, Volume 79, Issue 3, pp 503-541
Date: 10 May 2006

Housing Well-Being: Developing and Validating a Measure

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Abstract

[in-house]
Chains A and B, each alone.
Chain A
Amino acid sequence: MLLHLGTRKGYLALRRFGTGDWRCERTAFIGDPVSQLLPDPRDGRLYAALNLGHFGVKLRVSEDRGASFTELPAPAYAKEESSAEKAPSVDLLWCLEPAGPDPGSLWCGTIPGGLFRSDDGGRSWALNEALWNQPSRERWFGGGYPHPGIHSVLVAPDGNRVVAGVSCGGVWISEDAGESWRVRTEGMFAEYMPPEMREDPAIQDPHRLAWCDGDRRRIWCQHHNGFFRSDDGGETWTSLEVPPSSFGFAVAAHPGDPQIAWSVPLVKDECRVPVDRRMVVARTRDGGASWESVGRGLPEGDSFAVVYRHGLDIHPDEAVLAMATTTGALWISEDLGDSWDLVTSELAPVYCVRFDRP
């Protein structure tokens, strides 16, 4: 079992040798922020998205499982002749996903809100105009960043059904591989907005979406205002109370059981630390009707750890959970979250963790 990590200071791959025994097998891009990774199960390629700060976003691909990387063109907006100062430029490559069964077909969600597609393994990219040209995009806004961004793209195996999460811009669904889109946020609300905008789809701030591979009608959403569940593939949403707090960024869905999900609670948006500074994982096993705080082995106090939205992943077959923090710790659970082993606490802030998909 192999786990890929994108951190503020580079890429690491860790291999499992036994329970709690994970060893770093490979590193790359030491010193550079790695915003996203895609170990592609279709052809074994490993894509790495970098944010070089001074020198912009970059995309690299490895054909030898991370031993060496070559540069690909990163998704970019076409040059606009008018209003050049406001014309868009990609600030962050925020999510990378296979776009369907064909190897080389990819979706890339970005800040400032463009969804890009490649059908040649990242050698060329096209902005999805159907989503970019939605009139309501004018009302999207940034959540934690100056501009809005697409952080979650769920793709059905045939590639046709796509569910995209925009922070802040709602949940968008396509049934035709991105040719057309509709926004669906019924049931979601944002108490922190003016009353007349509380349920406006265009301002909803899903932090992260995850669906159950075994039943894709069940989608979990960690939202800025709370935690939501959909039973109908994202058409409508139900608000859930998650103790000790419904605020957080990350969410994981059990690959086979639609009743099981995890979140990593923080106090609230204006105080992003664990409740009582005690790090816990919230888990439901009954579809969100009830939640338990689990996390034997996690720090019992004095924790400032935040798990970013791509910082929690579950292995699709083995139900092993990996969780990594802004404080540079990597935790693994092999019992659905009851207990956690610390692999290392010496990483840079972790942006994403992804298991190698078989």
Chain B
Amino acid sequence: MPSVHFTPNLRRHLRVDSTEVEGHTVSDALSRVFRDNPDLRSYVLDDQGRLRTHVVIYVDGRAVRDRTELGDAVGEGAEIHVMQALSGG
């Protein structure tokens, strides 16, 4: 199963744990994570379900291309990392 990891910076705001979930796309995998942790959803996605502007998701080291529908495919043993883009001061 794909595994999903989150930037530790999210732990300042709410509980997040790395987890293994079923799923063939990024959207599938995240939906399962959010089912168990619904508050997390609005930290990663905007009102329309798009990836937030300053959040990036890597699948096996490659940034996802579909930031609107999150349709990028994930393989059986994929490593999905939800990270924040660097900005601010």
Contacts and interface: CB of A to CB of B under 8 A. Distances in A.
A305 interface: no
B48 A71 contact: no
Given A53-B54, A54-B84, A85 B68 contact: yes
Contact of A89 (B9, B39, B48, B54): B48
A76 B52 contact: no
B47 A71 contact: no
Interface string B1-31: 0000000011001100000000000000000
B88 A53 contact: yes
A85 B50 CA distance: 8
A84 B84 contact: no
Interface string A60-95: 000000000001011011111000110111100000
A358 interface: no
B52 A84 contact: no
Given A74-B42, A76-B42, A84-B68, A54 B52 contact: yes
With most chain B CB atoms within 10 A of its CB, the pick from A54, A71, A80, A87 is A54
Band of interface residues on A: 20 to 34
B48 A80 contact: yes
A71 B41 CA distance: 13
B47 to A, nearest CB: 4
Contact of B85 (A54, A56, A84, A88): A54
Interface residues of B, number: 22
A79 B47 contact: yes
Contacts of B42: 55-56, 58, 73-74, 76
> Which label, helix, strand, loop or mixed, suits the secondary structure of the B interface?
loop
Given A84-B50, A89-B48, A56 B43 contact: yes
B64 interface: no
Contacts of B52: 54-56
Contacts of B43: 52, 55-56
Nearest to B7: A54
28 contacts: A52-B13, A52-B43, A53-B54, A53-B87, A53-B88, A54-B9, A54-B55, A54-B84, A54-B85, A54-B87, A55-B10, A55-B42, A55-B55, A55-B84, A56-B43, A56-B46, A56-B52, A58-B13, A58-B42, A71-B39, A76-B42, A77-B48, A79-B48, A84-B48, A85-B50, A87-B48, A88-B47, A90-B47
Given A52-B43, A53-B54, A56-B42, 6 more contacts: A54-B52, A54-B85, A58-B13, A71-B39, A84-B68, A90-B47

Housing well-being refers to the home resident’s cumulative positive and negative affect associated with the purchase, preparation, ownership, use, and maintenance of the current home, and the selling of the previous home. Housing well-being is assumed to occur when the home is bought with the least amount of effort (purchase), the home is prepared for use to meet the needs of the new occupants (preparation), ownership signals status and enhances the home owner’s financial portfolio (ownership), the home serves the housing needs of the residents (use), the maintenance, renovation, and repair in the home are minimal, least costly, and effortless (maintenance), and the sale of the home is transacted with the least amount of effort and most financial gain (selling). Based on this conceptualization of housing well-being, we conducted an exploratory study to identify the sources of satisfaction related to the purchase, preparation, ownership, use, and maintenance of the current home, and the selling of the previous home. The exploratory study also helped us articulate a theoretical model describing the interrelationships among the housing well-being constructs and their consequence: the perceived quality-of-life (QOL) impact of the home. The exploratory study helped us also to develop survey measures, which in turn were validated through two additional studies involving surveys of home owners in the US and Korea.